Most people here in Arizona know that there is risk in every surgery. But we are often comforted when a doctor tells us that it’s a routine procedure. That’s why, when something goes wrong during the surgery, we often feel betrayed and question whether this loss has turned into a case of medical malpractice.
A tragic story out of Texas this month is doing just that after a 61-year-old woman died during a routine operation. According to the attending physician, the woman was undergoing a very common type of heart surgery. She was likely even expected to make a full recovery. But during the procedure, something went wrong and she was pronounced dead. So what went wrong? Had an error been made? Was hospital negligence to blame for the elderly woman’s death?
After hearing depositions from the surgeon and attending anesthesiologist, the victim’s family believes that this may have been the case. According to the surgeon, at some point during the procedure he noticed that the anesthesiologist was looking down at a piece of handheld technology. When asked if he thought that the anesthesiologist was paying attention to the patient, the surgeon said no. Later, when the anesthesiologist was asked about his technology use during the patient’s surgery, he not only confirmed that he had been using a personal electronic device but that he occasionally did activities that otherwise took his full attention away from patients for short periods of time.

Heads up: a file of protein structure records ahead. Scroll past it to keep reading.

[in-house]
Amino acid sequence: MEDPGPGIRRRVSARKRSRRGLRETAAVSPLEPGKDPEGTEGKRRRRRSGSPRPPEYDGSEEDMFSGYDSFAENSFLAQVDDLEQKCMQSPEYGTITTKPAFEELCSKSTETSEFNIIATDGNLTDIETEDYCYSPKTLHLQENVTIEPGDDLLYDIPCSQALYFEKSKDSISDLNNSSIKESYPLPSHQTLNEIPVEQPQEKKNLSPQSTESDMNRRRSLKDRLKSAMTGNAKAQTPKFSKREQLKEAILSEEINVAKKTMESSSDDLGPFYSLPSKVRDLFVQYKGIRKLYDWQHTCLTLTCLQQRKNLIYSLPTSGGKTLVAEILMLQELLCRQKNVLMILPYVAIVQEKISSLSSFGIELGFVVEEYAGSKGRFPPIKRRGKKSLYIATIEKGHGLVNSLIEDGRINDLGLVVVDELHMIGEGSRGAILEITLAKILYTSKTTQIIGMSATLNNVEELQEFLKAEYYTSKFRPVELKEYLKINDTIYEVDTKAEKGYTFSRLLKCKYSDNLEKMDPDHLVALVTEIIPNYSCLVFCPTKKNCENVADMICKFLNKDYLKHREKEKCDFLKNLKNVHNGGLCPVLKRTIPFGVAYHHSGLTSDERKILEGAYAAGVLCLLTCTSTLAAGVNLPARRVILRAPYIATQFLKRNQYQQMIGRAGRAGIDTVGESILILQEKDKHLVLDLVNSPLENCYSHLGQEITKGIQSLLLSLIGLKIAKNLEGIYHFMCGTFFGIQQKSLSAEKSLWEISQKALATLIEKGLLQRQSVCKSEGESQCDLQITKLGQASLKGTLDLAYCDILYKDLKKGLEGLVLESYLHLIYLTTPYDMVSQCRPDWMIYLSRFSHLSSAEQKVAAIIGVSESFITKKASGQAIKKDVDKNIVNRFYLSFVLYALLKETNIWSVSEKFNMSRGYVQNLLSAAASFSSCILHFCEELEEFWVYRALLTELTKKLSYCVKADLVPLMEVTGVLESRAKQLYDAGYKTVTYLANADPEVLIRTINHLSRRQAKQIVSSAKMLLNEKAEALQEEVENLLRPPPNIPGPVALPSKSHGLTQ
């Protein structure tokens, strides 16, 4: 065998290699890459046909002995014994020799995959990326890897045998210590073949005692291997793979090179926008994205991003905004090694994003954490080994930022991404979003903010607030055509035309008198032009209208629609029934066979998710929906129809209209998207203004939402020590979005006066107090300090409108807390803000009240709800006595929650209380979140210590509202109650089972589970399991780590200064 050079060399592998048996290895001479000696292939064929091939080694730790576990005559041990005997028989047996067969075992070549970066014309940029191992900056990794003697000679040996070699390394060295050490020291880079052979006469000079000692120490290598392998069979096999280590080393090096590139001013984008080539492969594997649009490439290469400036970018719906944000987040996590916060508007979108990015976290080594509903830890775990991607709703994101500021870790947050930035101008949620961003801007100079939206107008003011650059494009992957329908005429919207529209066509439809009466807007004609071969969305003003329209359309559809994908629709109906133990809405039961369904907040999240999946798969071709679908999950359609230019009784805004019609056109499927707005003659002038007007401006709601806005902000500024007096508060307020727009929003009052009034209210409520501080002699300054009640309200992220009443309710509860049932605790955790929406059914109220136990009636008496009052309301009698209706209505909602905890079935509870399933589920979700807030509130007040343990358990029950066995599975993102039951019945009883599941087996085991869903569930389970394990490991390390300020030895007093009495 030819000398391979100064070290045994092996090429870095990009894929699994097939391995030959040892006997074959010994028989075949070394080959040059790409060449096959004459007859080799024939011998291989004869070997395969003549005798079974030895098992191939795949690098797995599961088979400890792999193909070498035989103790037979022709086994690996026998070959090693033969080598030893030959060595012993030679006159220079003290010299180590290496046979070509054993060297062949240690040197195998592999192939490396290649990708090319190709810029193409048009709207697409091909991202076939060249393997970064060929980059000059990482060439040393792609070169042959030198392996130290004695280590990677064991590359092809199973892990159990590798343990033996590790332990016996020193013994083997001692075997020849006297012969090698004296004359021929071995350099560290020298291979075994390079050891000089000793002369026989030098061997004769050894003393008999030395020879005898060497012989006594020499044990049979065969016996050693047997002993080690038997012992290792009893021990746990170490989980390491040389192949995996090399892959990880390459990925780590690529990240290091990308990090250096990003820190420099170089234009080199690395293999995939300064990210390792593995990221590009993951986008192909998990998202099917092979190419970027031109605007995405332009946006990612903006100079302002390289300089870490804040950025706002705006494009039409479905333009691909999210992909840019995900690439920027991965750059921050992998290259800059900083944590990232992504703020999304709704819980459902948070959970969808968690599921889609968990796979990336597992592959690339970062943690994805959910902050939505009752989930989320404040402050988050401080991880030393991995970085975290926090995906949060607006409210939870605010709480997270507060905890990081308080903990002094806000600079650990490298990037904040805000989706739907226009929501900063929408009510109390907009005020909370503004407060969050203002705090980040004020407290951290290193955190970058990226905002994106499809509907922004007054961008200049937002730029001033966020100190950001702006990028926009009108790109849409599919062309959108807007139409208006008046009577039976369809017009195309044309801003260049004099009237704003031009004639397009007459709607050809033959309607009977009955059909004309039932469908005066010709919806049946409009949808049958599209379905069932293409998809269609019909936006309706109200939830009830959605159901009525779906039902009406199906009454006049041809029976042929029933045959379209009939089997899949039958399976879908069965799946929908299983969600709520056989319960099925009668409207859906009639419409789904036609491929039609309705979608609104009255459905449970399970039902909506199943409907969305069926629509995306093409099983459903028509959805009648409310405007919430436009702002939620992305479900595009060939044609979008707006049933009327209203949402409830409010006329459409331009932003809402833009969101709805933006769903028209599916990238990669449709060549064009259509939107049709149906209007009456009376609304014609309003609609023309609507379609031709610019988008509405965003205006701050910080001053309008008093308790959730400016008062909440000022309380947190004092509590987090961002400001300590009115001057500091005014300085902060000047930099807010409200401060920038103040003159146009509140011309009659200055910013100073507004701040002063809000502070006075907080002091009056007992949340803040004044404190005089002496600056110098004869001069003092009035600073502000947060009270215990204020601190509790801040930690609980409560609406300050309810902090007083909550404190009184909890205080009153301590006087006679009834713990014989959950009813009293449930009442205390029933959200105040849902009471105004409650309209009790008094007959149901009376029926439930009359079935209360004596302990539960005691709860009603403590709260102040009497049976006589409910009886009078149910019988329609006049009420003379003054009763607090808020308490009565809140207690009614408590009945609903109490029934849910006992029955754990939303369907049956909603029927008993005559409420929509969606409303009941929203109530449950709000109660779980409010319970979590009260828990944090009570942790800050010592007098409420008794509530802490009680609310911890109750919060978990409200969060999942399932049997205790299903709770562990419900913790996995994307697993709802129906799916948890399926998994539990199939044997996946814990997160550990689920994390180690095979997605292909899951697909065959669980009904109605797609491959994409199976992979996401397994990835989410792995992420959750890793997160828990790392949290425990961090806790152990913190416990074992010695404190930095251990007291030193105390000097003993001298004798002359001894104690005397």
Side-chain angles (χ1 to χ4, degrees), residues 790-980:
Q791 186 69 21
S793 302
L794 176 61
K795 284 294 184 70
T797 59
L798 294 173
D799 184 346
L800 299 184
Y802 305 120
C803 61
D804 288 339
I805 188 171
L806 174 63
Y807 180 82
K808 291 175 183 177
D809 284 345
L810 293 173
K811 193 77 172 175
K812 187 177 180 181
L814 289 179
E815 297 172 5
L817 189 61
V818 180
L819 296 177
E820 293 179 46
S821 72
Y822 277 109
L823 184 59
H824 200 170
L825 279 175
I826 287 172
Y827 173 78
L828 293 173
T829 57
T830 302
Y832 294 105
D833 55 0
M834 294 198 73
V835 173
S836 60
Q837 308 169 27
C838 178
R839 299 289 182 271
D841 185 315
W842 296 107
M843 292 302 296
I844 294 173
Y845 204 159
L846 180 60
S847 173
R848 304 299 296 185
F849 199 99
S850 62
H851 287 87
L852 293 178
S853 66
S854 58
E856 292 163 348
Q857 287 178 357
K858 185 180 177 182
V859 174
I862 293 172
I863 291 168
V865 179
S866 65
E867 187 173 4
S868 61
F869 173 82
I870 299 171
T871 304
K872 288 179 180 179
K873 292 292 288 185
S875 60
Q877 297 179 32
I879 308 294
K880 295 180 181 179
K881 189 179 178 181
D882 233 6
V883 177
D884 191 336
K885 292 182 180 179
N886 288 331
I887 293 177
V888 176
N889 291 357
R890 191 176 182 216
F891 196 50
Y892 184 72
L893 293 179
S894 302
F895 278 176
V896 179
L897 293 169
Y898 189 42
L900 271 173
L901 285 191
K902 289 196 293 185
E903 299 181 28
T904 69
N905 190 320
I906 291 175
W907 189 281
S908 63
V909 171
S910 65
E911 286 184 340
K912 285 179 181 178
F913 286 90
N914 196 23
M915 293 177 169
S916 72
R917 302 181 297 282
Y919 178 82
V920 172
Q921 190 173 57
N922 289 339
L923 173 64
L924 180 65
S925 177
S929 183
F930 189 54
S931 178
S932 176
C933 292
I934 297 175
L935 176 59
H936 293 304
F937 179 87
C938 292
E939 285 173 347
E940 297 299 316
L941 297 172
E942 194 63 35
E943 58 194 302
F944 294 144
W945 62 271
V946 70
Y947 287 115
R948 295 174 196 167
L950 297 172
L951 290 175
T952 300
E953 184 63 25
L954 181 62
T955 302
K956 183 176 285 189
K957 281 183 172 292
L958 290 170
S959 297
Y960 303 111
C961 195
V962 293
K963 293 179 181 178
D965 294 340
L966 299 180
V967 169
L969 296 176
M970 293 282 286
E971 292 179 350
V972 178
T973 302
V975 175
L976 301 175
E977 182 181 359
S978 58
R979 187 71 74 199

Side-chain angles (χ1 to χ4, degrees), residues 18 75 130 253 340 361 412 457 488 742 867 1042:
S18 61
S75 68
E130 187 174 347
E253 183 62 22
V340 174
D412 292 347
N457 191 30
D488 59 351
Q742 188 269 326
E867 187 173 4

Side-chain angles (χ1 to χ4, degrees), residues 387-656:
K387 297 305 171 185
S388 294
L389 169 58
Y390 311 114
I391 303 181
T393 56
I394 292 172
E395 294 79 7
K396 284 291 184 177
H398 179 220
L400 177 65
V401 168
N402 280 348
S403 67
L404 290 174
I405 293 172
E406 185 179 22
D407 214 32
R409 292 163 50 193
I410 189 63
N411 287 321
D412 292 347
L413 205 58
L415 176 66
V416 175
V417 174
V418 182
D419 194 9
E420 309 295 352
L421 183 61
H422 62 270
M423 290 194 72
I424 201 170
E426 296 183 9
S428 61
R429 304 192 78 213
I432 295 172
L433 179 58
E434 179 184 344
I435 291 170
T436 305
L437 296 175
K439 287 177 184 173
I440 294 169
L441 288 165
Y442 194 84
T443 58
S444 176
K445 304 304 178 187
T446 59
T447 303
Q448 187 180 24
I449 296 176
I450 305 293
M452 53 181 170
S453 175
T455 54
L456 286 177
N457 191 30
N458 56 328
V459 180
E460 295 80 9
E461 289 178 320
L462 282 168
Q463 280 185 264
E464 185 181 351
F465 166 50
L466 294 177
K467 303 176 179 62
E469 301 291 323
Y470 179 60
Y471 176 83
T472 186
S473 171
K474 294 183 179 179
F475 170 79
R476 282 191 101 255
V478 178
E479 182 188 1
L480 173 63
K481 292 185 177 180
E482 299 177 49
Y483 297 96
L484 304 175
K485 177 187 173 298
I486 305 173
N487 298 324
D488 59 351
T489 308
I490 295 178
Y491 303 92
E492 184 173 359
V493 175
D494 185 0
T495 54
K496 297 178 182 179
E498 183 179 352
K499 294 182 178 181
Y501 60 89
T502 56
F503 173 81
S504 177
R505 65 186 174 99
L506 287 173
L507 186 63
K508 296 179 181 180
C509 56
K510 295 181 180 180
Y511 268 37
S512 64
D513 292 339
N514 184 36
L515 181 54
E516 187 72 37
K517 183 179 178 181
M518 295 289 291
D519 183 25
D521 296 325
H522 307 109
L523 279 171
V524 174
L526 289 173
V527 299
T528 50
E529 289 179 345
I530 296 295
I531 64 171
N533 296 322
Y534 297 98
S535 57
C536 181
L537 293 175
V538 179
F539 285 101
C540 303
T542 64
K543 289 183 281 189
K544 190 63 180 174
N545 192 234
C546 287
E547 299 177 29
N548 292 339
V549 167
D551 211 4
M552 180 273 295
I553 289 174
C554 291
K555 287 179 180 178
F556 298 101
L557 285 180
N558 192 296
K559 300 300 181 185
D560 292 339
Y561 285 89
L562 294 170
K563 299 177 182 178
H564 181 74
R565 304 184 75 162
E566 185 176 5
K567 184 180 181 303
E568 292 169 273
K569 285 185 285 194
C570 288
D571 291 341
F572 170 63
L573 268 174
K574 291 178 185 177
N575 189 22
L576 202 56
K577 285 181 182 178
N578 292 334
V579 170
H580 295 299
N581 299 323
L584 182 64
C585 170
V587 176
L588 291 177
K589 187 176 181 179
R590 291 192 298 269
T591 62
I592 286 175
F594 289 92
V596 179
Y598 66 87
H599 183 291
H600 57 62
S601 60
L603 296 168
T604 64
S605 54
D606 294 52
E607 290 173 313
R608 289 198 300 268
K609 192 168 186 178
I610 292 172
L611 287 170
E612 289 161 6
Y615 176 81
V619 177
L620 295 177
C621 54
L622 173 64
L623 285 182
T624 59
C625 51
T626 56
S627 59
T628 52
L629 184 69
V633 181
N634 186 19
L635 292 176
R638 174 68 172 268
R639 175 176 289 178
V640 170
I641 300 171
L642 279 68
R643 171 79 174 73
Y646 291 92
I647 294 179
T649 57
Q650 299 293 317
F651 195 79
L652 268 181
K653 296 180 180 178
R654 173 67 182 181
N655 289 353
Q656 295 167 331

The victim’s family and attorney believe that this is a perfect example of “distracted doctoring,” in which mistakes are made because medical staff is distracted by something other than their patient’s needs. For this reason, the victim’s family is seeking damages in a medical malpractice lawsuit. Although it will not bring back their lost loved one, it may at least give them some closure and discourage such behavior from happening again in the future.
Source: The Dallas Observer, “Dallas Anesthesiologist Being Sued Over Deadly Surgery Admits to Texting, Reading iPad During Procedures,” Eric Nicholson, April 1, 2014